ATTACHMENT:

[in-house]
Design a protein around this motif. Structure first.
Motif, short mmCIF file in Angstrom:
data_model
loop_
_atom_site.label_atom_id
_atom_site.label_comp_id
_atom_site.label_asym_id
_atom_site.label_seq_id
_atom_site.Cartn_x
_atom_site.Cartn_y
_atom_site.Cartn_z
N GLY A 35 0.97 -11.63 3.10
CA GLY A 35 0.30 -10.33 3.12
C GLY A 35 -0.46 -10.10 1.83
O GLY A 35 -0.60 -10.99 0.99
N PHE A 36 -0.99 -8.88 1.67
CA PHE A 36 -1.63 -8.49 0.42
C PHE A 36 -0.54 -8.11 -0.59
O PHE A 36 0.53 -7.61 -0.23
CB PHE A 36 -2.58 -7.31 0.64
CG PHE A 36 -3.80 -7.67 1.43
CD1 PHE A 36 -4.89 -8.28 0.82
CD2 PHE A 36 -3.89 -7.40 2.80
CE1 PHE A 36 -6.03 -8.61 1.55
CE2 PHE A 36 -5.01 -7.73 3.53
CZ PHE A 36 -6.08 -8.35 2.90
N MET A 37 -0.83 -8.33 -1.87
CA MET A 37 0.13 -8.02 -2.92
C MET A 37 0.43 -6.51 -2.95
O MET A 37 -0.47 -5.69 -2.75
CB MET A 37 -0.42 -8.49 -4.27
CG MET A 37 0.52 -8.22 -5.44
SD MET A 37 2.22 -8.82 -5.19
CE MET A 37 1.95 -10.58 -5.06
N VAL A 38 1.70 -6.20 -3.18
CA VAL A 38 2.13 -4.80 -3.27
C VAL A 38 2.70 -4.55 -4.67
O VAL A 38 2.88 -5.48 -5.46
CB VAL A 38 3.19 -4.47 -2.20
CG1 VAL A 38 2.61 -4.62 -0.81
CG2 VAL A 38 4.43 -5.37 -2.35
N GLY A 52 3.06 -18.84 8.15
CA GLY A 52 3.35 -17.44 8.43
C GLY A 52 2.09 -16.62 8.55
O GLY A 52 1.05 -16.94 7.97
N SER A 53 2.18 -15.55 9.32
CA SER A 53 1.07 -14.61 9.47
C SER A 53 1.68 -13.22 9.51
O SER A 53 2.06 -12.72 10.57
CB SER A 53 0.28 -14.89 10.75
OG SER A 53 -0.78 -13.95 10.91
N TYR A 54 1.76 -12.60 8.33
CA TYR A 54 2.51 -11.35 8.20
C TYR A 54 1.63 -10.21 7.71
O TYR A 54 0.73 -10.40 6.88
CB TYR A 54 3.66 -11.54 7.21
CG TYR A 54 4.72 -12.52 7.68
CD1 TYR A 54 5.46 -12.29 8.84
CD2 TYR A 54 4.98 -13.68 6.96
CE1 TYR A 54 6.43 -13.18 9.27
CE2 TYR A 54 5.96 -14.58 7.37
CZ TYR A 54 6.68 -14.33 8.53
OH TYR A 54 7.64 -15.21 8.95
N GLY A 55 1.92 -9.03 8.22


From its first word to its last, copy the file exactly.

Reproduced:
[in-house]
Design a protein around this motif. Structure first.
Motif, short mmCIF file in Angstrom:
data_model
loop_
_atom_site.label_atom_id
_atom_site.label_comp_id
_atom_site.label_asym_id
_atom_site.label_seq_id
_atom_site.Cartn_x
_atom_site.Cartn_y
_atom_site.Cartn_z
N GLY A 35 0.97 -11.63 3.10
CA GLY A 35 0.30 -10.33 3.12
C GLY A 35 -0.46 -10.10 1.83
O GLY A 35 -0.60 -10.99 0.99
N PHE A 36 -0.99 -8.88 1.67
CA PHE A 36 -1.63 -8.49 0.42
C PHE A 36 -0.54 -8.11 -0.59
O PHE A 36 0.53 -7.61 -0.23
CB PHE A 36 -2.58 -7.31 0.64
CG PHE A 36 -3.80 -7.67 1.43
CD1 PHE A 36 -4.89 -8.28 0.82
CD2 PHE A 36 -3.89 -7.40 2.80
CE1 PHE A 36 -6.03 -8.61 1.55
CE2 PHE A 36 -5.01 -7.73 3.53
CZ PHE A 36 -6.08 -8.35 2.90
N MET A 37 -0.83 -8.33 -1.87
CA MET A 37 0.13 -8.02 -2.92
C MET A 37 0.43 -6.51 -2.95
O MET A 37 -0.47 -5.69 -2.75
CB MET A 37 -0.42 -8.49 -4.27
CG MET A 37 0.52 -8.22 -5.44
SD MET A 37 2.22 -8.82 -5.19
CE MET A 37 1.95 -10.58 -5.06
N VAL A 38 1.70 -6.20 -3.18
CA VAL A 38 2.13 -4.80 -3.27
C VAL A 38 2.70 -4.55 -4.67
O VAL A 38 2.88 -5.48 -5.46
CB VAL A 38 3.19 -4.47 -2.20
CG1 VAL A 38 2.61 -4.62 -0.81
CG2 VAL A 38 4.43 -5.37 -2.35
N GLY A 52 3.06 -18.84 8.15
CA GLY A 52 3.35 -17.44 8.43
C GLY A 52 2.09 -16.62 8.55
O GLY A 52 1.05 -16.94 7.97
N SER A 53 2.18 -15.55 9.32
CA SER A 53 1.07 -14.61 9.47
C SER A 53 1.68 -13.22 9.51
O SER A 53 2.06 -12.72 10.57
CB SER A 53 0.28 -14.89 10.75
OG SER A 53 -0.78 -13.95 10.91
N TYR A 54 1.76 -12.60 8.33
CA TYR A 54 2.51 -11.35 8.20
C TYR A 54 1.63 -10.21 7.71
O TYR A 54 0.73 -10.40 6.88
CB TYR A 54 3.66 -11.54 7.21
CG TYR A 54 4.72 -12.52 7.68
CD1 TYR A 54 5.46 -12.29 8.84
CD2 TYR A 54 4.98 -13.68 6.96
CE1 TYR A 54 6.43 -13.18 9.27
CE2 TYR A 54 5.96 -14.58 7.37
CZ TYR A 54 6.68 -14.33 8.53
OH TYR A 54 7.64 -15.21 8.95
N GLY A 55 1.92 -9.03 8.22